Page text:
Kia Rookie Ladder: AJ Griffin finding his rhythm in Atlanta

AJ Griffin talks with his father Adrian Griffin, an assistant coach for the Raptors, prior to a game.

The NBA rookie “wall” is a well-established impediment to new players’ development, something most of them hit through fatigue, injury, over-use or even under-use at some point in their rookie seasons.

AJ Griffin, the Atlanta Hawks’ 19-year-old wing, hit his early – even before he could see action in the Las Vegas Summer League. And it was of his own making.

Griffin showed up so eager, so determined to prove the Hawks right in their selection (16th overall), that he overdid it.

“A day or two after the Draft, he was the first to show up in the building,” Atlanta coach Nate McMillan said Monday in Chicago. “He started his conditioning and eventually kind of ran himself into the ground just preparing for Summer League. But that’s what he does. He works on his game, he puts in the time in the gym.”

Said Griffin: “Just coming out of college I got hurt and before college, I got hurt.”

At Duke in 2021, arriving as a five-star prospect, Griffin suffered a knee injury before the college season even began. He recovered nicely, playing in 39 games and hitting nearly 45% of his 3-pointers while helping the Blue Devils to the Final Four with fellow Ladder mate Paolo Banchero.

Getting hurt again (foot) while working out and missing Vegas suggested a long low-profile season shuttling to the G League College Park Skyhawks. But the Hawks’ injury and personnel considerations have kept him around. He has made 44 appearances, averaged 21 minutes and started 10 times, contributing 9.8 points per game while hitting 40% of his 3-pointers.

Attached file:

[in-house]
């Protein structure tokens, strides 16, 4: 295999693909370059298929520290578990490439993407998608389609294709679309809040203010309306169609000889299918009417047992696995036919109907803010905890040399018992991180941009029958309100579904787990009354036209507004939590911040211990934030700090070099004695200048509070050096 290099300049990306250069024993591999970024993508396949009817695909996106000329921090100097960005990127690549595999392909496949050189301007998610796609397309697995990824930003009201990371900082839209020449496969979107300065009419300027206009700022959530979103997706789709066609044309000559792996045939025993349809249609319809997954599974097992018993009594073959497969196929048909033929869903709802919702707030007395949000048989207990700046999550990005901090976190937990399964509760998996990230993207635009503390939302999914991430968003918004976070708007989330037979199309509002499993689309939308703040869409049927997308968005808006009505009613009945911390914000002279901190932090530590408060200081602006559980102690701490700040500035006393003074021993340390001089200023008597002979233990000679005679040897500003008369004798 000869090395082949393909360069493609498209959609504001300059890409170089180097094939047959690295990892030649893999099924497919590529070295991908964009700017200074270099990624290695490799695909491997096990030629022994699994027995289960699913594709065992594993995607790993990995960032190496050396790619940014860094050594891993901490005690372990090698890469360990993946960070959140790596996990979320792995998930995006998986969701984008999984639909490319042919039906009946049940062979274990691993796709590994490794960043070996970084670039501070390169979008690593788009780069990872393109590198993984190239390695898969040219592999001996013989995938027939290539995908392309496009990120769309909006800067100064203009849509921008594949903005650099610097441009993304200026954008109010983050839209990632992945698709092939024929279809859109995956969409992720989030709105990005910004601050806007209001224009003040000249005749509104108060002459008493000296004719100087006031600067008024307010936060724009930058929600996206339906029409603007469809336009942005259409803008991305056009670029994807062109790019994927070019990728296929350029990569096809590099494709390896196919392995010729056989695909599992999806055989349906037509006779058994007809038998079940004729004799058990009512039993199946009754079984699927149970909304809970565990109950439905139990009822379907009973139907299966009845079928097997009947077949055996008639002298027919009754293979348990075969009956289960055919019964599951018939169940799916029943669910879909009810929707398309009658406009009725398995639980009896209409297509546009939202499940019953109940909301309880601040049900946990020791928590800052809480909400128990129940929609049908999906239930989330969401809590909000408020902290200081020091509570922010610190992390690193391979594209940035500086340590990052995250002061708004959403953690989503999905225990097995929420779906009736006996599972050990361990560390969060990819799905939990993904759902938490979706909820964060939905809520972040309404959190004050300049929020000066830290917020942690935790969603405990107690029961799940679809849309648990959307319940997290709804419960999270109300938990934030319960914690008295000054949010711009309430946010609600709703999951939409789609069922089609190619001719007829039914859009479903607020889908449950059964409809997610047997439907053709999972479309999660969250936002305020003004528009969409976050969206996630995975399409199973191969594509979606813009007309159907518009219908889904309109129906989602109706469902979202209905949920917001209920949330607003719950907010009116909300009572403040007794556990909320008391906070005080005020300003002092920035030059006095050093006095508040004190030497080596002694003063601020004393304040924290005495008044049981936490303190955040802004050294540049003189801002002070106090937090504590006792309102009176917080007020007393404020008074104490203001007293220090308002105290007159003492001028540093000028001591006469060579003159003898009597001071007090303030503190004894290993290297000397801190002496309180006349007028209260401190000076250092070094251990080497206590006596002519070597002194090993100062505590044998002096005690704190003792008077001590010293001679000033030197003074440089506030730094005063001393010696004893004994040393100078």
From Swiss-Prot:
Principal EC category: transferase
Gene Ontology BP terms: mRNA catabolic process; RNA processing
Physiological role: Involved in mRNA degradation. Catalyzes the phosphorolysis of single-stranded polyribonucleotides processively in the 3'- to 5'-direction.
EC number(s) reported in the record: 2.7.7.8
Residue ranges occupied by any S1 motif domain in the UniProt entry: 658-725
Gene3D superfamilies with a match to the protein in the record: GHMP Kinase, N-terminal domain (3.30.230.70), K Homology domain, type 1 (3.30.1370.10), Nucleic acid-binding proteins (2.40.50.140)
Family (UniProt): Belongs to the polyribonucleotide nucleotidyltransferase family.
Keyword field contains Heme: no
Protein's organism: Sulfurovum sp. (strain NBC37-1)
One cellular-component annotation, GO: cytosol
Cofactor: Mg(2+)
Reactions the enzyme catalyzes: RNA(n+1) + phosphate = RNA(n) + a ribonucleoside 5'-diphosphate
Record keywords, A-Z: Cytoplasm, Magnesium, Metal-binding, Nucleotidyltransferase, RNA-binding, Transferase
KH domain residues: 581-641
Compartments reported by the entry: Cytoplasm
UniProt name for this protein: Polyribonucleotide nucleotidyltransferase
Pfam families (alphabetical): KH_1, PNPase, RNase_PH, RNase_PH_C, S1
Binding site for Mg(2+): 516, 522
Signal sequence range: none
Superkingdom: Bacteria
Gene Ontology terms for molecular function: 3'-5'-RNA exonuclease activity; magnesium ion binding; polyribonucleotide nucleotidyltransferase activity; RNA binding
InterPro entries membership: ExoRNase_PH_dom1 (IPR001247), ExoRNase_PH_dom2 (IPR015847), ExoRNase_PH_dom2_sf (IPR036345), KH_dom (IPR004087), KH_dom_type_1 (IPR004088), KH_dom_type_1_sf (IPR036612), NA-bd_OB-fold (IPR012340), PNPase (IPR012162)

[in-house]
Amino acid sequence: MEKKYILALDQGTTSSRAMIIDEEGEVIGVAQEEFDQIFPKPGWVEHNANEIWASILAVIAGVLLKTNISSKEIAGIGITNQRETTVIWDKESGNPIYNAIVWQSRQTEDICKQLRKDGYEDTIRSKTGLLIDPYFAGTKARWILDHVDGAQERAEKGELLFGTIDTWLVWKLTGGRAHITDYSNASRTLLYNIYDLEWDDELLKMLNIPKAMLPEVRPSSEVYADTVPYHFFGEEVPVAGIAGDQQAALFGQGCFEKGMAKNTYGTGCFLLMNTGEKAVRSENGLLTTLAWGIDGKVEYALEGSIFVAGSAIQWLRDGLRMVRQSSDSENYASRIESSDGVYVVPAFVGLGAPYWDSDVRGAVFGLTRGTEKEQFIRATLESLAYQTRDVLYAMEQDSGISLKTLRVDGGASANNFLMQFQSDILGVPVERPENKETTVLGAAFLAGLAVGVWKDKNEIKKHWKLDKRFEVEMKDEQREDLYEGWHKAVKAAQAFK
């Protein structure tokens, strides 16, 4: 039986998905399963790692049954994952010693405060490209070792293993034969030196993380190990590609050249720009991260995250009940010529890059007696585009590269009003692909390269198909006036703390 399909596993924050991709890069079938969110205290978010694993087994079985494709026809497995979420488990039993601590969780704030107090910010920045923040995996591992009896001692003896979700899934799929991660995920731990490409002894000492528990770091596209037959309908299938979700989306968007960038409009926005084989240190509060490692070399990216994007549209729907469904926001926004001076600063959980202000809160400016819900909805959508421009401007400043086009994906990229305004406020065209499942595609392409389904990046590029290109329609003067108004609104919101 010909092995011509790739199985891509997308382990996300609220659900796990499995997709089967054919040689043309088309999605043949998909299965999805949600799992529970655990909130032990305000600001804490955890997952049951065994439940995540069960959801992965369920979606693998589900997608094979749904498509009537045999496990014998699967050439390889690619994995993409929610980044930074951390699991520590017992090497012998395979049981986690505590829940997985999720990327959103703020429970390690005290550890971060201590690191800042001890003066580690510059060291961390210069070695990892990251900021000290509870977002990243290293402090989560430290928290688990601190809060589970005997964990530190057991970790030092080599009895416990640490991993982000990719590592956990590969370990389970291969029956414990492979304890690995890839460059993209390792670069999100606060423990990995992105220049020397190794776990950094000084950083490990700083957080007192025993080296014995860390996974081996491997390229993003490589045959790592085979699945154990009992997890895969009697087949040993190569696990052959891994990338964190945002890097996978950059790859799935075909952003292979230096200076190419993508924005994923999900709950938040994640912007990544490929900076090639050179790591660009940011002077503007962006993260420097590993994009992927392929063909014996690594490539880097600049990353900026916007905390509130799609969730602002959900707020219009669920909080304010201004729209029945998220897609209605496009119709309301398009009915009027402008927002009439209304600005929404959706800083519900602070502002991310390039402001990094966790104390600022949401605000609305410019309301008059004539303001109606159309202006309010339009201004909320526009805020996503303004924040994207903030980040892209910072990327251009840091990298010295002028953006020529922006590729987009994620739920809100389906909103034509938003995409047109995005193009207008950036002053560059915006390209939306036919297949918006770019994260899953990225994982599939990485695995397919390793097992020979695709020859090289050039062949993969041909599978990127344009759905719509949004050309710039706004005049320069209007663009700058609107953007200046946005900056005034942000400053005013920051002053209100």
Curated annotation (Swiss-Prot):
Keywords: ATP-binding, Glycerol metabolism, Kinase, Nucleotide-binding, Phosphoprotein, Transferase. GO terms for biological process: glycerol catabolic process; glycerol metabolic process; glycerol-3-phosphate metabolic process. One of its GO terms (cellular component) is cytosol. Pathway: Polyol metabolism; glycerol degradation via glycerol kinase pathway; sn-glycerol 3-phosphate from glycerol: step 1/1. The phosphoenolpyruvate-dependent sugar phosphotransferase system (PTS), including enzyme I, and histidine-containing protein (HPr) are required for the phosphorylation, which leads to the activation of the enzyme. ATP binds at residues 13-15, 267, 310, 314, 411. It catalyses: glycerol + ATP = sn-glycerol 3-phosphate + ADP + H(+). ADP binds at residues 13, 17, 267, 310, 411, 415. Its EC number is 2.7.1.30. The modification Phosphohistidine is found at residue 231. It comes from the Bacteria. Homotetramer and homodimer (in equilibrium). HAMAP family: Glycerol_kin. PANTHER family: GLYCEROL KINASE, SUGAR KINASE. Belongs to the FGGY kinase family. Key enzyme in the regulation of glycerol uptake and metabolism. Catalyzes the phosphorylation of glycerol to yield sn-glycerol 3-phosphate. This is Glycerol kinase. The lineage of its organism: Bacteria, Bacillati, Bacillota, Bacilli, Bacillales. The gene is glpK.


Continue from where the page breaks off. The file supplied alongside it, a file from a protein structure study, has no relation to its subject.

The slender 6-foot-6 teen has logged time at three positions. And he grabbed some spotlight early by hitting buzzer-beaters to beat Toronto in a November game and Chicago 11 games later. The last rookie to have multiple game-winners in the same season? The Bulls’ Toni Kukoc in 1993-94.

AJ Griffin’s game-winning layup secured an overtime win over the Raptors.

“Offensively he’s been pretty consistent with what he brings to the floor,” McMillan said. “The defensive end is where he’s really working and trying to grasp guarding [wings and forwards].

“He’s been a joy to coach – whatever you tell him, he does. He asks questions, which you need to do. He’s been nothing but a pro since he stepped into our facility.”

In that way, McMillan said, it’s clear Griffin has NBA lineage – his father Adrian played nine seasons from 1999-2008 after going undrafted out of Seton Hall and has been an assistant coach with five franchises ever since.

One of those teams was the Bulls, under Tom Thibodeau from 2010 to 2015. So with the younger Griffin’s visit to the United Center, some memories from his grade school years were stirred.

“I used to go to the family room all the time and shoot on the mini-hoop,” AJ Griffin recalled Monday. “It was déjà vu coming in – it felt good to be back here tonight.

“I always had that mindset of wanting to make the NBA. It comes with the everyday sacrifice of wanting to get better. No matter how small or how big or how young, if you set your mind on anything you can do it.”

Here are this week’s rankings, including Griffin at No. 10, on the Kia Rookie Ladder:


The Top 5 this week on the 2022-23 Kia Rookie Ladder:

(All stats through Tuesday, Jan. 24)

1. Paolo Banchero, Orlando Magic

Season stats: 20.7 ppg, 6.5 rpg, 3.8 apg
Since last Ladder: 16.3 ppg, 4.0 rpg, 2.7 apg
Last Ladder: 1
Draft pick: No. 1 overall

The Celtics bid a not-so-fond farewell to the Orlando Magic in general and Banchero, in particular, Monday after losing the season series, 1-3. Banchero was a terror in the four games, averaging 24.3 points and shooting 14-of-25 from deep (56%) compared to 40-of-144 (27.8%) against everyone else. It likely was no coincidence that Boston’s injury report the next morning included “Al Horford, lower back stiffness, OUT.”